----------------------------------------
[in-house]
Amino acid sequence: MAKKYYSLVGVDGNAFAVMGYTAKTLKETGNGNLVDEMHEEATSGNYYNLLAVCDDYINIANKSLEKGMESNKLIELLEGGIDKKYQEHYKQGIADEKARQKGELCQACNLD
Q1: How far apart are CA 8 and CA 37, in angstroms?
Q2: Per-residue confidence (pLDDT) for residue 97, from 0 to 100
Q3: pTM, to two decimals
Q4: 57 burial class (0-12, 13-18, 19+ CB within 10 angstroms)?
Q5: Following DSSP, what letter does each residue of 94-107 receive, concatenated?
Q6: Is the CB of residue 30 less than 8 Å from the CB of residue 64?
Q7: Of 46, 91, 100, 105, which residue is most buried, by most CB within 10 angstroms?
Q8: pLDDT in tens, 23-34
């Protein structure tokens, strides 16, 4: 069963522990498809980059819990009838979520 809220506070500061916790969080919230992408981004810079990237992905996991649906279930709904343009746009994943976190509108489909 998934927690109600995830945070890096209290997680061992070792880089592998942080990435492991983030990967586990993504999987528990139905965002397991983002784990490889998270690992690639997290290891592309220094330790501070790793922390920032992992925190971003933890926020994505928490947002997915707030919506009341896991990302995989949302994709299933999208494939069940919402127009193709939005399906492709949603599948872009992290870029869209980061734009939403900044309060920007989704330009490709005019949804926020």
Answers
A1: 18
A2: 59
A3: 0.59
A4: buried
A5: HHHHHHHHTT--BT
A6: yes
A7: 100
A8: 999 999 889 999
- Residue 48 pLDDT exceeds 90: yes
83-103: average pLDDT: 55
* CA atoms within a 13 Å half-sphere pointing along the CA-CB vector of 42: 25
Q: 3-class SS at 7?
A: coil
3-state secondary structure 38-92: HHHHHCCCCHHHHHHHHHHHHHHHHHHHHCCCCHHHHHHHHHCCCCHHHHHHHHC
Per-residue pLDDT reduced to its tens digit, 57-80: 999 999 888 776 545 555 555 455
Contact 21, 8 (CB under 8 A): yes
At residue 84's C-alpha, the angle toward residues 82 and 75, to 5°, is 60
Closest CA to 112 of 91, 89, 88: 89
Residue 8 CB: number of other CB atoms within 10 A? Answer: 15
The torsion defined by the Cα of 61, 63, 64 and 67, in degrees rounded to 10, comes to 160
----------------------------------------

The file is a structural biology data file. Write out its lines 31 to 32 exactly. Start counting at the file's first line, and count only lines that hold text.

Residue 8 CB: number of other CB atoms within 10 A? Answer: 15
The torsion defined by the Cα of 61, 63, 64 and 67, in degrees rounded to 10, comes to 160